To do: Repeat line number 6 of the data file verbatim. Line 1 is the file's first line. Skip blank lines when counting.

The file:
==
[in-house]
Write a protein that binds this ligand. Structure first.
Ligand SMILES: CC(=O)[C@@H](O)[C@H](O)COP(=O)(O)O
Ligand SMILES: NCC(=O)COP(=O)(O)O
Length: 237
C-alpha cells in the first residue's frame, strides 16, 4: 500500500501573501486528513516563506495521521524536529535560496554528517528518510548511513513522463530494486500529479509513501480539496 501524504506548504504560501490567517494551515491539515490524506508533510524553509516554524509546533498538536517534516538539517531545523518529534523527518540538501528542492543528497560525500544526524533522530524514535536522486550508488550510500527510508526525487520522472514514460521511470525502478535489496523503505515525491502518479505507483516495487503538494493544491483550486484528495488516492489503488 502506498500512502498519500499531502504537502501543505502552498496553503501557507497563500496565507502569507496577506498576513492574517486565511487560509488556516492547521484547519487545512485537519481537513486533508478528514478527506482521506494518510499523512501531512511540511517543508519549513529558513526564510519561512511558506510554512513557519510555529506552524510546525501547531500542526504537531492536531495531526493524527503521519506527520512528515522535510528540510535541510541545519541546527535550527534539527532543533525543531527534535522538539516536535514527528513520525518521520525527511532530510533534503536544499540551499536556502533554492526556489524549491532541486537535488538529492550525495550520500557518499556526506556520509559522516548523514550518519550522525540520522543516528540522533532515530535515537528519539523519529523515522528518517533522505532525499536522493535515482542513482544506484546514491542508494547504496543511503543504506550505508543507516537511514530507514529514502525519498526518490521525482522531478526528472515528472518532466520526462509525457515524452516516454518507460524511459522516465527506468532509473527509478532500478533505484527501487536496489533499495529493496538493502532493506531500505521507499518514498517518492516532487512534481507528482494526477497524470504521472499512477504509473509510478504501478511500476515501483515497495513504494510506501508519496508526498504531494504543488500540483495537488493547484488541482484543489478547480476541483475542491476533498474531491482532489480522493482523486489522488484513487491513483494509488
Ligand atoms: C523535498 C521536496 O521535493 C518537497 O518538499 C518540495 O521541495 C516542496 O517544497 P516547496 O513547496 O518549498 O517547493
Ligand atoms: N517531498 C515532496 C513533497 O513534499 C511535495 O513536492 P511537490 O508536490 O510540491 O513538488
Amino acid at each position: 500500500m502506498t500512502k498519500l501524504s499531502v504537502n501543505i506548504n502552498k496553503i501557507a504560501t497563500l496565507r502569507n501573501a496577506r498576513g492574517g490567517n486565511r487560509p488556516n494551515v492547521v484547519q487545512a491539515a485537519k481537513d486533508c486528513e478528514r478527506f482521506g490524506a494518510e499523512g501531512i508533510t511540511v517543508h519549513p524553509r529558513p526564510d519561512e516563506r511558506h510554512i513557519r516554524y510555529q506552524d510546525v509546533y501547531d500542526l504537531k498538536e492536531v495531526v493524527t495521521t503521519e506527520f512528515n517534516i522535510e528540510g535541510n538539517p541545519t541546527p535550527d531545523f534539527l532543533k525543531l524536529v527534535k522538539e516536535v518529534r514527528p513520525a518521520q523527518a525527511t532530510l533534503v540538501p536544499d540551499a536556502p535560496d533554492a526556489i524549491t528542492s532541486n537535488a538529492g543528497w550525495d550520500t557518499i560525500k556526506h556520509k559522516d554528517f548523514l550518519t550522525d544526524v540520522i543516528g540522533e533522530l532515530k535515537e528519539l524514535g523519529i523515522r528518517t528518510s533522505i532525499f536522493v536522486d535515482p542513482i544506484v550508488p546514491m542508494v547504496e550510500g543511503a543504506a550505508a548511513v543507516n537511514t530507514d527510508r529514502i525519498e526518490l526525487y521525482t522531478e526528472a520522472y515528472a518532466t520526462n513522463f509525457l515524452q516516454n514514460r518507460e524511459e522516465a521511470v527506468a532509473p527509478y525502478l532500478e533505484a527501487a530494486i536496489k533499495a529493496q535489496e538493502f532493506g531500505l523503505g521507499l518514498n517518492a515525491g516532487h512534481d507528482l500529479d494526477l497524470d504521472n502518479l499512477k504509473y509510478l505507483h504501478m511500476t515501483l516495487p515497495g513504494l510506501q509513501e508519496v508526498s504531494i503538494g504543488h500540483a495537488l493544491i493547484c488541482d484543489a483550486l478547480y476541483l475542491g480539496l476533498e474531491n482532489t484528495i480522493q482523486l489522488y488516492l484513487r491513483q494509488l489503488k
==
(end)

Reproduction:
C-alpha cells in the first residue's frame, strides 16, 4: 500500500501573501486528513516563506495521521524536529535560496554528517528518510548511513513522463530494486500529479509513501480539496 501524504506548504504560501490567517494551515491539515490524506508533510524553509516554524509546533498538536517534516538539517531545523518529534523527518540538501528542492543528497560525500544526524533522530524514535536522486550508488550510500527510508526525487520522472514514460521511470525502478535489496523503505515525491502518479505507483516495487503538494493544491483550486484528495488516492489503488 502506498500512502498519500499531502504537502501543505502552498496553503501557507497563500496565507502569507496577506498576513492574517486565511487560509488556516492547521484547519487545512485537519481537513486533508478528514478527506482521506494518510499523512501531512511540511517543508519549513529558513526564510519561512511558506510554512513557519510555529506552524510546525501547531500542526504537531492536531495531526493524527503521519506527520512528515522535510528540510535541510541545519541546527535550527534539527532543533525543531527534535522538539516536535514527528513520525518521520525527511532530510533534503536544499540551499536556502533554492526556489524549491532541486537535488538529492550525495550520500557518499556526506556520509559522516548523514550518519550522525540520522543516528540522533532515530535515537528519539523519529523515522528518517533522505532525499536522493535515482542513482544506484546514491542508494547504496543511503543504506550505508543507516537511514530507514529514502525519498526518490521525482522531478526528472515528472518532466520526462509525457515524452516516454518507460524511459522516465527506468532509473527509478532500478533505484527501487536496489533499495529493496538493502532493506531500505521507499518514498517518492516532487512534481507528482494526477497524470504521472499512477504509473509510478504501478511500476515501483515497495513504494510506501508519496508526498504531494504543488500540483495537488493547484488541482484543489478547480476541483475542491476533498474531491482532489480522493482523486489522488484513487491513483494509488